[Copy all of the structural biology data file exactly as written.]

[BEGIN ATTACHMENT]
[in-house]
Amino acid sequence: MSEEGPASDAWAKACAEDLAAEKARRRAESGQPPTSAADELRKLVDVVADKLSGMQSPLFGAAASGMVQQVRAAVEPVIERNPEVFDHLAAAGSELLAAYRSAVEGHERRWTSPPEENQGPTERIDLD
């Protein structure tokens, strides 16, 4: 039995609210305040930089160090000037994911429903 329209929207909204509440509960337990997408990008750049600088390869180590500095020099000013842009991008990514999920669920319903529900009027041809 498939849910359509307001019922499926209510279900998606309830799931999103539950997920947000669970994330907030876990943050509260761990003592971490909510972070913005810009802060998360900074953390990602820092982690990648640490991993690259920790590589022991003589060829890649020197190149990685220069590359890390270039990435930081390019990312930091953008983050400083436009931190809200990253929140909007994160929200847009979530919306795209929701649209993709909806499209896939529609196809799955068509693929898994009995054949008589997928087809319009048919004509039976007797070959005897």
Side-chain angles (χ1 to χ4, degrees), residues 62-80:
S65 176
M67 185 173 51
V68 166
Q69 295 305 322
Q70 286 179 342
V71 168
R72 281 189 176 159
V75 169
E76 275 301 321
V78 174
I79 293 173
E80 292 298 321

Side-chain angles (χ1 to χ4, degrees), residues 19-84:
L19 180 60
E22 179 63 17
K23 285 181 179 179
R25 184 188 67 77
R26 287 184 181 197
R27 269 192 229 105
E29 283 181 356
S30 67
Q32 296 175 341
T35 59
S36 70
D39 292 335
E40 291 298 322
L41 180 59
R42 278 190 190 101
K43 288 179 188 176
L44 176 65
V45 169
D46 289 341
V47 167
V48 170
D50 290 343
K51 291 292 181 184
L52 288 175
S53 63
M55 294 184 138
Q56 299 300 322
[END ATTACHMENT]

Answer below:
[in-house]
Amino acid sequence: MSEEGPASDAWAKACAEDLAAEKARRRAESGQPPTSAADELRKLVDVVADKLSGMQSPLFGAAASGMVQQVRAAVEPVIERNPEVFDHLAAAGSELLAAYRSAVEGHERRWTSPPEENQGPTERIDLD
């Protein structure tokens, strides 16, 4: 039995609210305040930089160090000037994911429903 329209929207909204509440509960337990997408990008750049600088390869180590500095020099000013842009991008990514999920669920319903529900009027041809 498939849910359509307001019922499926209510279900998606309830799931999103539950997920947000669970994330907030876990943050509260761990003592971490909510972070913005810009802060998360900074953390990602820092982690990648640490991993690259920790590589022991003589060829890649020197190149990685220069590359890390270039990435930081390019990312930091953008983050400083436009931190809200990253929140909007994160929200847009979530919306795209929701649209993709909806499209896939529609196809799955068509693929898994009995054949008589997928087809319009048919004509039976007797070959005897």
Side-chain angles (χ1 to χ4, degrees), residues 62-80:
S65 176
M67 185 173 51
V68 166
Q69 295 305 322
Q70 286 179 342
V71 168
R72 281 189 176 159
V75 169
E76 275 301 321
V78 174
I79 293 173
E80 292 298 321

Side-chain angles (χ1 to χ4, degrees), residues 19-84:
L19 180 60
E22 179 63 17
K23 285 181 179 179
R25 184 188 67 77
R26 287 184 181 197
R27 269 192 229 105
E29 283 181 356
S30 67
Q32 296 175 341
T35 59
S36 70
D39 292 335
E40 291 298 322
L41 180 59
R42 278 190 190 101
K43 288 179 188 176
L44 176 65
V45 169
D46 289 341
V47 167
V48 170
D50 290 343
K51 291 292 181 184
L52 288 175
S53 63
M55 294 184 138
Q56 299 300 322